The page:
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Satellite images show North Korea’s path back to nuclear testing

  • April 13, 2022
  • , Nikkei Asia , 2:00 a.m.
  • English Press

Tunnel work and construction point to restoration of Punggye-ri facility

 

 

Nikkei staff writers

 

 

TOKYO — Recent satellite photos suggest that North Korea is preparing for what would be its first nuclear weapons test since September 2017, with work apparently underway on bringing the Punggye-ri underground testing site back into operation.

 

Repairs at Punggye-ri

 

Photos taken April 5 by U.S.-based Planet Labs and obtained by Nikkei show piles of material near Punggye-ri, believed to be debris from tunnel excavation. Jeffrey Lewis, a professor with expertise in East Asia nonproliferation at the Middlebury Institute of International Studies at Monterey, noted signs of repair work on tunnels to the underground facilities — a possible sign that nuclear testing may resume soon.

North Korea had demolished the Punggye-ri test site in May 2018 as a show of its willingness to denuclearize as it pursued dialogue with the U.S. Although Pyongyang had claimed the facilities were completely destroyed, experts said at the time that they could potentially be restored.

 

After talks broke down, the North resumed missile launches and other provocative moves. Leader Kim Jong Un said early this year that Pyongyang would consider “restarting all temporarily suspended activities,” which some observers have speculated could include nuclear testing at Punggye-ri.

 

Lewis and other researchers said in March that satellite imagery of the site from Maxar Technologies showed indications of new construction and repair of an existing building with the use of fresh lumber. The tunnel work in the more recent pictures hints at steady progress on preparations for testing.

 

North Korea’s weapons tests sometimes coincide with major holidays there, and Friday marks the anniversary of the birth of North Korea’s late founder, Kim Il Sung, celebrated as the Day of the Sun. The U.S., South Korea and Japan worry that Pyongyang could make another move that day, following up on last month’s test of an intercontinental ballistic missile.

 

“We are worried that, in connection with the upcoming April 15 anniversary, that the DPRK may be tempted to take another provocative action,” Sung Kim, the U.S. special representative for North Korea, said earlier this month. North Korea’s formal name is the Democratic People’s Republic of Korea.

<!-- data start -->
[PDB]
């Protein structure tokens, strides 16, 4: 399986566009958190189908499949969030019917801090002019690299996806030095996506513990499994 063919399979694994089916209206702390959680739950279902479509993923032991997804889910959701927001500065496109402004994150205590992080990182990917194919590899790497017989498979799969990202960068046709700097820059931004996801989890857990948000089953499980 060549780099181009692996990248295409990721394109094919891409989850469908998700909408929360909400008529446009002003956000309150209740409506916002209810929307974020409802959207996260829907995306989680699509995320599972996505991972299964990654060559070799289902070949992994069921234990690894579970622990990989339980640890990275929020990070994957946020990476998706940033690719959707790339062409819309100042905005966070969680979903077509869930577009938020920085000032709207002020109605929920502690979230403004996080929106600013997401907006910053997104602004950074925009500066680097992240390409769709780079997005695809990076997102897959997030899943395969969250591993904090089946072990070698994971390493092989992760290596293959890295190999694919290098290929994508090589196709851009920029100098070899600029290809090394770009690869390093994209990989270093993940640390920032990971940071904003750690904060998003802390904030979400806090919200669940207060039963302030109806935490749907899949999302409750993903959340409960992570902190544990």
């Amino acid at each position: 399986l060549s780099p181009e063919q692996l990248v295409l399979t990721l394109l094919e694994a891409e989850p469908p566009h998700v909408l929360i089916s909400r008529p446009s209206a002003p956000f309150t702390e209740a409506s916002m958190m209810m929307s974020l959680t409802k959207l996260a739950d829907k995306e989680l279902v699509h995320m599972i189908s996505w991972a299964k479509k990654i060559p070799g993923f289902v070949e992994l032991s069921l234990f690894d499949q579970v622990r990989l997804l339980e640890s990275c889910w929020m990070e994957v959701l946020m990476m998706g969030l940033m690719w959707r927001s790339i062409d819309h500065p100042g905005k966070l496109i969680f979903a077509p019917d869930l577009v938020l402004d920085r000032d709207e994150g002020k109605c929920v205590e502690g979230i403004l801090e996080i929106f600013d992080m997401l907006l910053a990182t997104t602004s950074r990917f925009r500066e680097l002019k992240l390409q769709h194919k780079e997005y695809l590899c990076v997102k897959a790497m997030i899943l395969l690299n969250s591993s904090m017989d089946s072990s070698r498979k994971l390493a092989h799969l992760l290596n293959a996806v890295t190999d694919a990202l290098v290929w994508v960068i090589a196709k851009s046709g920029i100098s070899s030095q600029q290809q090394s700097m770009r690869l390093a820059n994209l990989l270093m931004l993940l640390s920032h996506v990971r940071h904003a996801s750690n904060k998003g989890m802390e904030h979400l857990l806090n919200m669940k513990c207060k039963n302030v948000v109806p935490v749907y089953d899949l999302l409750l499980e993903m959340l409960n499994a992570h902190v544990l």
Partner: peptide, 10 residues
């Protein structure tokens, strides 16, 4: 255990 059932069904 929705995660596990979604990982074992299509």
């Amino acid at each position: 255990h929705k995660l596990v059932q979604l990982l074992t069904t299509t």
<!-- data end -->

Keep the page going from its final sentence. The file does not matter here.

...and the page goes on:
“I don’t want to speculate too much, but I think it could be another missile launch, it could be a nuclear test,” he said when asked about further details.

 

Night lights at Yongbyon

 

Pyongyang may also have restarted nuclear development at its Yongbyon complex, which had previously been shut down.

 

An analysis of nighttime lights by the Colorado School of Mines, based on NASA satellite photos, shows that while monthly average illumination declined slightly from 2018, it has risen since 2020 to around 30% above the 2017 average.

 

An August 2021 report from the International Atomic Energy Agency observed “indications, including the discharge of cooling water, consistent with the operation of the reactor” since early July.

 

Telltale temblors

 

Nuclear weapons testing can be tracked with seismographs. The Comprehensive Nuclear-Test-Ban Treaty Organization monitors compliance with the treaty through seismographs all over the world.

 

Seismic waves radiate so quickly that the shock from a test can be picked up within minutes.

 

Evidence of a North Korean test in September 2017 was collected via seismograph in Japan. The Japan Meteorological Agency logged a magnitude-6.1 earthquake that originated from a site near Punggye-ri.

 

The temblor was considered to be of nonnatural origin, given the apparent lack of the secondary S waves that are a marker of natural earthquakes. Such signs would be picked up by seismographs again if North Korea conducts another nuclear test.

Bigger tests in the works?

North Korea announced its withdrawal from the Nuclear Non-Proliferation Treaty in 2003 to develop its atomic arsenal. The country held its first test in 2006, followed by other tests every few years or so.

 

The 2017 test was much larger than the previous five tests. North Korea claimed to have successfully tested a hydrogen bomb that can be loaded onto an ICBM.

 

Japan’s Defense Ministry estimated the explosion at 160 kilotons — more than 10 times the size of the previous test and approximately eight times the scale of the atomic bomb that the U.S. dropped on Nagasaki in World War II.

 

As North Korean nuclear tests increase in scale, there is no ruling out that the next one would be even larger.

 

Pyongyang is developing missiles alongside nuclear weapons, such as through last month’s ICBM test. The North has launched 13 missiles so far this year, according to the Middlebury Institute’s James Martin Center for Nonproliferation Studies — seven more than in 2021.

 

The threat against Japan continues to grow. The Defense Ministry estimates that North Korea is believed to possess the capabilities to attack Japan with a ballistic missile loaded with a nuclear warhead.

 

Maxar satellite imagery of North Korea’s nuclear testing site at Punggye-ri.

Left circle: “Spoil” from excavating new tunnel, Right circle: Approximate location of new access tunnel.(As of April 5. Nikkei processed the image based on analysis by Middlebury Institute of International Studies at Monterey) © SkyWatch, Planet Labs

North Korea demolishes its nuclear testing facility at Punggye-ri in front of the international media on May 24, 2018. © News1-Dong-A Ilbo/Getty Images

 

 

 

 

 

 

 

 

 

 

 

 

 

 

 

 

 

 

 

 

 

 

 

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